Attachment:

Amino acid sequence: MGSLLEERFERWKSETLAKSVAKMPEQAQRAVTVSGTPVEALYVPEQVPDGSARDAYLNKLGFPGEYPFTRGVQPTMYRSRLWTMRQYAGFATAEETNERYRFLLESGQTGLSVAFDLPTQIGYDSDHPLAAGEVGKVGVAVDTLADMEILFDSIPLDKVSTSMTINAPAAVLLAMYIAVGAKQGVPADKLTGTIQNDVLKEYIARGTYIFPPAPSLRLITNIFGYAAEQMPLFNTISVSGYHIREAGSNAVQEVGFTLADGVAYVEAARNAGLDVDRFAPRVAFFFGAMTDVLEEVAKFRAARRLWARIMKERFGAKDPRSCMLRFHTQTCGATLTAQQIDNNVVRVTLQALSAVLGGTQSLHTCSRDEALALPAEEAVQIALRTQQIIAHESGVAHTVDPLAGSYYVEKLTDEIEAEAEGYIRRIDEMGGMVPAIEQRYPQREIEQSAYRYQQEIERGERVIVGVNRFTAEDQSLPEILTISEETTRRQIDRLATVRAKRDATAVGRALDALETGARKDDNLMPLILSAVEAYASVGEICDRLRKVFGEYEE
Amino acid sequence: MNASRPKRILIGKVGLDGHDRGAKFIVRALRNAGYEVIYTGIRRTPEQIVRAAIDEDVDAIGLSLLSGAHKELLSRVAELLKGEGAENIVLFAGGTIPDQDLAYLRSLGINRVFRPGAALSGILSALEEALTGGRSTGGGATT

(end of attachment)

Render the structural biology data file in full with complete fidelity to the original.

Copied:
Amino acid sequence: MGSLLEERFERWKSETLAKSVAKMPEQAQRAVTVSGTPVEALYVPEQVPDGSARDAYLNKLGFPGEYPFTRGVQPTMYRSRLWTMRQYAGFATAEETNERYRFLLESGQTGLSVAFDLPTQIGYDSDHPLAAGEVGKVGVAVDTLADMEILFDSIPLDKVSTSMTINAPAAVLLAMYIAVGAKQGVPADKLTGTIQNDVLKEYIARGTYIFPPAPSLRLITNIFGYAAEQMPLFNTISVSGYHIREAGSNAVQEVGFTLADGVAYVEAARNAGLDVDRFAPRVAFFFGAMTDVLEEVAKFRAARRLWARIMKERFGAKDPRSCMLRFHTQTCGATLTAQQIDNNVVRVTLQALSAVLGGTQSLHTCSRDEALALPAEEAVQIALRTQQIIAHESGVAHTVDPLAGSYYVEKLTDEIEAEAEGYIRRIDEMGGMVPAIEQRYPQREIEQSAYRYQQEIERGERVIVGVNRFTAEDQSLPEILTISEETTRRQIDRLATVRAKRDATAVGRALDALETGARKDDNLMPLILSAVEAYASVGEICDRLRKVFGEYEE
Amino acid sequence: MNASRPKRILIGKVGLDGHDRGAKFIVRALRNAGYEVIYTGIRRTPEQIVRAAIDEDVDAIGLSLLSGAHKELLSRVAELLKGEGAENIVLFAGGTIPDQDLAYLRSLGINRVFRPGAALSGILSALEEALTGGRSTGGGATT